The Church of England’s spending on claims of sexual abuse has risen fivefold since 2014. General Synod heard last week that the church is dealt with an eye-watering 3,300-plus allegations last year.

These figures emerged as the church braces itself to face even more intense scrutiny as the Independent Inquiry into Child Sexual Abuse begins to receive evidence in Marsh.

“This will not be an easy couple of years,” said the Rt. Rev. Peter Hancock, Bishop of Bath and Wells and the church’s lead bishop on safeguarding. “We will hear deeply painful accounts of abuse, of poor response, of cover-up. We will … feel a deep sense of shame.”

Many survivors of clerical sexual abuse “remain deeply mistrustful, suspicious, and angry towards the church,” he said. One in five registered complaints were against clergy and other church officials. The rest concern members of congregations doing voluntary church work.

Almost one in five of the reports were made against clergy and other church officials, with the rest relating to those who volunteer in the church. The IICSA has received more than 25,000 documents and will deal with 36 witness statements. Independent inquiries in the past two months have been very critical of the church’s handling of allegations.

Roger Singleton of the church’s national safeguarding panel said there was “a common theme running through recent reports of audits, reviews, and inquiries. That is a continuing need for culture change within the church.” A minority of parish clergy and lay members “appear unable or unwilling to accept the need for sensible, proportionate measures” or “minimize the adverse impacts which physical, sexual, emotional or spiritual abuse can have on people’s lives” or “believe that complainants are only in it for the money.”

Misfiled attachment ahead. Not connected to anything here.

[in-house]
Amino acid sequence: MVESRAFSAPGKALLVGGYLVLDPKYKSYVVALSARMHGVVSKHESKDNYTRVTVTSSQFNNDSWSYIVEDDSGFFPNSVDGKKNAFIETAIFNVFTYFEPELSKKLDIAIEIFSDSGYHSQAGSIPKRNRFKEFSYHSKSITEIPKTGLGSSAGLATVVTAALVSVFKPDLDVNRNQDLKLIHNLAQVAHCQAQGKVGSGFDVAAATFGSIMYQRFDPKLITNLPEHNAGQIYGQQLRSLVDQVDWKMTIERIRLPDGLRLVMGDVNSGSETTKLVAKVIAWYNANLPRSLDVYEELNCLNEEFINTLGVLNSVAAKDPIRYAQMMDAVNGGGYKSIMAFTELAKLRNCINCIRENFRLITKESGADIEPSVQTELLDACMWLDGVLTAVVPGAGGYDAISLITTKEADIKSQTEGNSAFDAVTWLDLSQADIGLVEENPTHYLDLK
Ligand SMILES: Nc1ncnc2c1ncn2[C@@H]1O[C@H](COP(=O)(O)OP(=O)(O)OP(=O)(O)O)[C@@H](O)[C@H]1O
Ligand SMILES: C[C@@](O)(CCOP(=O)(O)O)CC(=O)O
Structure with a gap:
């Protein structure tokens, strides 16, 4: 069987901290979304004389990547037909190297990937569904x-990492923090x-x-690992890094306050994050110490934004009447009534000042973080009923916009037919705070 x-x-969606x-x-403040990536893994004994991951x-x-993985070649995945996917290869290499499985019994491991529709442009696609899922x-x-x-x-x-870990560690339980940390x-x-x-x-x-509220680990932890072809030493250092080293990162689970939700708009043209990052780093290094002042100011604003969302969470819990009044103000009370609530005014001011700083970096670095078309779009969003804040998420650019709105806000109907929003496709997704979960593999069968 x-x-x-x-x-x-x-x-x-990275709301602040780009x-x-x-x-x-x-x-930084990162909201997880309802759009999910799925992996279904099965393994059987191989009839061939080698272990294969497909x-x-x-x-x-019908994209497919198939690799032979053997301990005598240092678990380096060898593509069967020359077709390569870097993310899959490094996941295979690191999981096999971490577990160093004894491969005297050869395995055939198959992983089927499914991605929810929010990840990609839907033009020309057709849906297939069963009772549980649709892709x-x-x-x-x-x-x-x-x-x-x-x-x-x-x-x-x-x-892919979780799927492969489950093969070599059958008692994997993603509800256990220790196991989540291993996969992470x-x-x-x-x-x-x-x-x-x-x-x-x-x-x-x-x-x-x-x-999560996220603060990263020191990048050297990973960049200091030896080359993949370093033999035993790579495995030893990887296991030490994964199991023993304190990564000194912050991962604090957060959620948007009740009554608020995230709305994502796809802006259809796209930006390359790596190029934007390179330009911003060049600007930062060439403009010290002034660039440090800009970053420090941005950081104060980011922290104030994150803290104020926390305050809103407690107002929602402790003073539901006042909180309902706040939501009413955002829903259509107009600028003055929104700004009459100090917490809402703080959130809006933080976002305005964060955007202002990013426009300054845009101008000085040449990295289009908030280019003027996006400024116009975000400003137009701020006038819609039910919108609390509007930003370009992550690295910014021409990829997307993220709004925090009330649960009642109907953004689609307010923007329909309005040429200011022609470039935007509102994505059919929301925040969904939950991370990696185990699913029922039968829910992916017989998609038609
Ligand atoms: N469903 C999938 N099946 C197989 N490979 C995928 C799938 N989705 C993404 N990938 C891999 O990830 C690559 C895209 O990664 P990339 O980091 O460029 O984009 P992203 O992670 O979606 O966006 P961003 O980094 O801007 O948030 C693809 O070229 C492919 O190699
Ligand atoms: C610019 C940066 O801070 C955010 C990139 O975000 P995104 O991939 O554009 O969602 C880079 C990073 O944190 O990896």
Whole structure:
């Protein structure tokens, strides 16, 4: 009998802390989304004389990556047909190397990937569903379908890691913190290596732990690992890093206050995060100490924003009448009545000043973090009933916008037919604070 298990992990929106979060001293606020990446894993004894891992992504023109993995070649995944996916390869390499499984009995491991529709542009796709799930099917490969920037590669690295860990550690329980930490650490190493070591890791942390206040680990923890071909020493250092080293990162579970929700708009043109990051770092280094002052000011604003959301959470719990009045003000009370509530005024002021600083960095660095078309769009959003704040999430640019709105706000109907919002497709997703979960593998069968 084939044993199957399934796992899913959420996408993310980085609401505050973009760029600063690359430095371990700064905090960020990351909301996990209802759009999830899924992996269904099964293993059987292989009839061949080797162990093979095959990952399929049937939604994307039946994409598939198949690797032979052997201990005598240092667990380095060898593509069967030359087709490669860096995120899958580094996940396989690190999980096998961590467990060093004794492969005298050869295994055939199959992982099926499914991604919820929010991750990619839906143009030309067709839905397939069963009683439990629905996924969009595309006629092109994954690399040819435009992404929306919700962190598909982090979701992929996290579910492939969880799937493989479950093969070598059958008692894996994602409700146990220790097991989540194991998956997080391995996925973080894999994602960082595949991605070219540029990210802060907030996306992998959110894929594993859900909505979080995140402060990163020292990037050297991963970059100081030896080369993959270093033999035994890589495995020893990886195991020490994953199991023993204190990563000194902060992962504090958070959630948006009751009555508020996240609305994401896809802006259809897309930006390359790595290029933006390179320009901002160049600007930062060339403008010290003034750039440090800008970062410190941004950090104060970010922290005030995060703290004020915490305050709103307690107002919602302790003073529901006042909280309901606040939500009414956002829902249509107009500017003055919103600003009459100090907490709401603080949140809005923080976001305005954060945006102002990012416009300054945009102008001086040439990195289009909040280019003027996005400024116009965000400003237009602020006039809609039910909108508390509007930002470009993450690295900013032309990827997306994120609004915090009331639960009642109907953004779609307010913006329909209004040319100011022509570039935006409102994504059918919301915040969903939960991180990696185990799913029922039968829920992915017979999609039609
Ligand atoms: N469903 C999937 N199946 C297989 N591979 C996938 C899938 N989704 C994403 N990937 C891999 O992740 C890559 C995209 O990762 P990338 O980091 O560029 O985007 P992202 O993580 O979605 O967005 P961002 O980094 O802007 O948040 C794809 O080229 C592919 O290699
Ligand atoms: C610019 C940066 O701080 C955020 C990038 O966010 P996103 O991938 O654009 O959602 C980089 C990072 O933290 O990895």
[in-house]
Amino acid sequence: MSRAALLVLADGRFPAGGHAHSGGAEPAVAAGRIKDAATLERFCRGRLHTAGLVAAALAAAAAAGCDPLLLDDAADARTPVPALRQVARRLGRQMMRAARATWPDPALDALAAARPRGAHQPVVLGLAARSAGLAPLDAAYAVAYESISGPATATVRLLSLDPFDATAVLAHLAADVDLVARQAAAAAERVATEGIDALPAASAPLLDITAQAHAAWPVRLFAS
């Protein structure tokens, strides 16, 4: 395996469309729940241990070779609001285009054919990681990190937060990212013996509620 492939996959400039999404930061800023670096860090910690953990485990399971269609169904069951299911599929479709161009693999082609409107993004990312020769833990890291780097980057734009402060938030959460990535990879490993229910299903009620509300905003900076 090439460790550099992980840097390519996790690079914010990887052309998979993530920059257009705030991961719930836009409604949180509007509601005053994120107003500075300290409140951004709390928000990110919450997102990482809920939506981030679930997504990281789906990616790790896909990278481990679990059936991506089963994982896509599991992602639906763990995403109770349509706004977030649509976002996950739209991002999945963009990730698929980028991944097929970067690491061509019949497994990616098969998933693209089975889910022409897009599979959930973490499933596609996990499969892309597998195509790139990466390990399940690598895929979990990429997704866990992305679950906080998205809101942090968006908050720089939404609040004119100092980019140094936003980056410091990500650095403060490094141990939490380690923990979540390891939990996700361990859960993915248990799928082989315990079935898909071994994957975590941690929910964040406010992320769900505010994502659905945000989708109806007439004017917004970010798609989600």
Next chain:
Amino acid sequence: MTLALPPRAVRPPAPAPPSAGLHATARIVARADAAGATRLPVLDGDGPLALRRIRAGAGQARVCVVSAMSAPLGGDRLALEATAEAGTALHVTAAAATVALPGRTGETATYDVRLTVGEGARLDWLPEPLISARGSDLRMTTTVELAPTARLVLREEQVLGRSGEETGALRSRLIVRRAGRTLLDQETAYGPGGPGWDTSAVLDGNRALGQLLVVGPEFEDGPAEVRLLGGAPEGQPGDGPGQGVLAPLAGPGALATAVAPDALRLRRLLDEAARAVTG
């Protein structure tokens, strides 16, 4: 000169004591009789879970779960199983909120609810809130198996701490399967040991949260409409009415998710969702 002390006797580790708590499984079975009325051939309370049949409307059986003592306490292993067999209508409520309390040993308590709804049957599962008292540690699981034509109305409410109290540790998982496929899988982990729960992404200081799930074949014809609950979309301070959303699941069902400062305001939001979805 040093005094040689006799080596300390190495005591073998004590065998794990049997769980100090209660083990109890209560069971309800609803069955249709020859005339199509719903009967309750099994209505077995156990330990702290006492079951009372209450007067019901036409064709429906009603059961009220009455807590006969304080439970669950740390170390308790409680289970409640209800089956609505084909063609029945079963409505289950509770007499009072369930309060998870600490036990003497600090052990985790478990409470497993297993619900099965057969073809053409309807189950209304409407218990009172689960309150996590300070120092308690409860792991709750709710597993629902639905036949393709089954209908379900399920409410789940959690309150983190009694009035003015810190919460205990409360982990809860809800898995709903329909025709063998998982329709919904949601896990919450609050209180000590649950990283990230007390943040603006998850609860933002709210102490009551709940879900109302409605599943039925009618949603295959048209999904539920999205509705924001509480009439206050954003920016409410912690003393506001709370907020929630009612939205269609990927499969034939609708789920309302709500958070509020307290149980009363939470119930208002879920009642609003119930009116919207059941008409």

“A prolonged period of denial, particularly by the church when we fail to face up to our responsibilities in this matter, can reinforce the damage done by the abuse itself,” said the Rt. Rev. Martin Warner, Bishop of Chichester. “It becomes a double abuse.”

The Rt. Rev. Rachel Treweek, Bishop of Gloucester, told the synod she was “deeply ashamed that the abuse people have suffered across the church has so often been compounded by wholly inadequate response and a lack of compassion and understanding.”

The Diocese of Chichester and the Diocese of Gloucester have been at the center of abuse allegations against Bishop Peter Ball.

John Martin

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